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Is there a known expression for, or a nontrivial upper bound on, the number of permutations in $S_k$ with longest increasing subsequence of length at most $n$?

Let $l(\sigma)$ denote the length of the longest increasing subsequence of a permutation $\sigma\in S_k$. It seems like a lot is known about $l(\sigma)$ for a random permutation (and its asymptotic scaling), but are there upper bounds on the number of permutations in $\sigma\in S_k$ with $l(\sigma)\leq n$.

Motivation/context for this question: the moments of traces of random unitaries. It is known that $\int dU |{\rm tr}(U)|^{2k} = k!$ for $k\leq n$, where we integrate over the unitary group $U(n)$ with respect to the Haar measure. More generally, for any $k$ and $n$ one may write the expression as [1] $$ \int dU |{\rm tr}(U)|^{2k} = \sum_{\lambda \vdash k,~\ell(\lambda)\leq n} \chi_\lambda(\mathbb{I})^2\,, $$ summing over integer partitions $\lambda$ of $k$ with length at most $n$, and where $\chi_\lambda(\mathbb{I})$ is the identity character with respect to $\lambda$. The RHS is then counting the number of pairs of Young tableaux with width $\leq n$, which is equivalent to counting the number of permutations in $S_k$ with no increasing subsequences longer than $n$. I'm essentially interested in upper bounds on this quantity which are tighter than the trivial bound of $k!$.

[1] E. Rains, "Increasing Subsequences and the Classical Groups," Electron. J. Comb. 5 (1998) R12. http://eudml.org/doc/119270.

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There is an explicit determinental formula for these numbers due to Gessel in Symmetric functions and P-recursiveness (JCTA, 1990). Asymptotics were known much earlier and appear in a paper by Amitai Regev Asymptotic values for degrees associated with strips of young diagrams (Adv. Math. 1981). The gross asymptotics are that the $k$th root of the number of such permutations approaches $n^2$. Note that in most of the literature, $k$ and $n$ will play the opposite roles, i.e., the question will be about enumeration of permutations in $S_n$ with no increasing subsequence of size greater than $k$.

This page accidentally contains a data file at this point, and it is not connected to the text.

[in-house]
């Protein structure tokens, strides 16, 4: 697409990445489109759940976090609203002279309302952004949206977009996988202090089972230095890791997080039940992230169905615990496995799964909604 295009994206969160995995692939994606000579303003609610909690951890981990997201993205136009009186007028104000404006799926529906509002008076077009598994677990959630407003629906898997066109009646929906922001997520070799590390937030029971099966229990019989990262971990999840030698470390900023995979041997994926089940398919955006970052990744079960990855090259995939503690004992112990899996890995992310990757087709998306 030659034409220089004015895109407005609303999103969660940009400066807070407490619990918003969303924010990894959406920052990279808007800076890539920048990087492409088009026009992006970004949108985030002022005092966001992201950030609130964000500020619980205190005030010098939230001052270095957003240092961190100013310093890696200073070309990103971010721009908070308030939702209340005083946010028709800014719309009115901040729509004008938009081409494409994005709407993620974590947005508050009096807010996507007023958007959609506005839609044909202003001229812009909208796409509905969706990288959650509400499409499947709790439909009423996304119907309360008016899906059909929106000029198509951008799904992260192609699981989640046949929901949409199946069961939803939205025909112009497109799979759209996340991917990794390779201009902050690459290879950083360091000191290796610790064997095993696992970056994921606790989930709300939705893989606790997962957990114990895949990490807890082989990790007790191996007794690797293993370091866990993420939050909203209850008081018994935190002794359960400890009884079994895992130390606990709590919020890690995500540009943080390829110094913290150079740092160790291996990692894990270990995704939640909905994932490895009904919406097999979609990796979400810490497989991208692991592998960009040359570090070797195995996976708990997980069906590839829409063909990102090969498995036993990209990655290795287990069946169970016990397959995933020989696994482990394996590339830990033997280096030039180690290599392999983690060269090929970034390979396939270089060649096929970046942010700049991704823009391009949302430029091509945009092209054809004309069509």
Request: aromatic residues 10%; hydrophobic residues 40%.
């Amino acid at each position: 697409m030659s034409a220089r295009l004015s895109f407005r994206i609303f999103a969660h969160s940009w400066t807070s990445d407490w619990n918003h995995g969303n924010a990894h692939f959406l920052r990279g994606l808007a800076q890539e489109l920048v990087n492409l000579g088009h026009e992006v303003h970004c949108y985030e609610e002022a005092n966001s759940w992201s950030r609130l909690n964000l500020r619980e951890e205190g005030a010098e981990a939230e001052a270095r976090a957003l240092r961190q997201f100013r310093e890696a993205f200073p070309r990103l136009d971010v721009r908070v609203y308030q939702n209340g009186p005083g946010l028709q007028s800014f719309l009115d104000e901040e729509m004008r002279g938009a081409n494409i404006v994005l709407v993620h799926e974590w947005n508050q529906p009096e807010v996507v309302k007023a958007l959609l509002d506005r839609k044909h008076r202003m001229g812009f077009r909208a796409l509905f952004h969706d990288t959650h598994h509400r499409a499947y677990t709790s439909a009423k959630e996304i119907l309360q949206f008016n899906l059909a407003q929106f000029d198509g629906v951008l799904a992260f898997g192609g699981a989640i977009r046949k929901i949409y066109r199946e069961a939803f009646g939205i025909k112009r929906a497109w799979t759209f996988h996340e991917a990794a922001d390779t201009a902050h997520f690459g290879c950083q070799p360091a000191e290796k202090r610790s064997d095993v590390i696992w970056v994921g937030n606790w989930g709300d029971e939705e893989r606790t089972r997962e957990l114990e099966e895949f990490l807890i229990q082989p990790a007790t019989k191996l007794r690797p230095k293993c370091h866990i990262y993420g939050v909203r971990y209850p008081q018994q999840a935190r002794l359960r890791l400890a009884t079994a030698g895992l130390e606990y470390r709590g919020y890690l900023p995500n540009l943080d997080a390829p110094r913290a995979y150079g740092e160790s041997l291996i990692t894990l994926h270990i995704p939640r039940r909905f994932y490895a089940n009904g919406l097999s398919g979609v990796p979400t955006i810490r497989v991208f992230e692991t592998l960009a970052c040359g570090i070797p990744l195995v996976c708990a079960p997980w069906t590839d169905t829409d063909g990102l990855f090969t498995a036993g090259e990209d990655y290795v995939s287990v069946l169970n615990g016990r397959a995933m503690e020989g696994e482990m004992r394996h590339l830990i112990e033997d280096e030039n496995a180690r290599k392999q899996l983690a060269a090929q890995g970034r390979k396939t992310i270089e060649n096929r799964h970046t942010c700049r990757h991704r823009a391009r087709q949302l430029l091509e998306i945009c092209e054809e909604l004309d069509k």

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  • $\begingroup$ Thanks! These references are helpful. I didn't know about the determinantal expression. I'll check the paper more carefully, but I guess you're saying the trivial upper bound of $\leq$min$\{k!,n^{2k}\}$ (with $\leq n^{2k}$ from the unitary integral expression) is asymptotically tight in $k$ for fixed $n$. $\endgroup$ – 4xion Jun 21 '20 at 17:21
  • $\begingroup$ Sorry the notation is unfortunate, talking about $k$-th moments of unitaries in $U(n)$ gives the reverse of the convention in the combinatorics literature. $\endgroup$ – 4xion Jun 21 '20 at 17:24
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An explicit formula is the hook-product formula, due to Schensted I believe. This formula is used in the classical work of Logan and Shepp, as well as in Vershik-Kerov. See for example equation (1.1) in the Logan-Shepp paper

Asymptotics will depend greatly on whether $n>2\sqrt{k}$ or not. I assume you meant $n<2\sqrt{k}$. In that case, the asymptotics (under the name of Large deviations principle) are known, and involve the Logan-Shepp functional. See Increasing subsequences of iid samples and Large deviations for increasing sequences in the plane. There is also work in the moderate deviations regime due to Lowe.

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  • $\begingroup$ The hook-product theorem is for fixed shapes under RSK. One has to sum over all relevant shapes, which is how Regev did the asymptotics. $\endgroup$ – Richard Stanley Jun 21 '20 at 0:23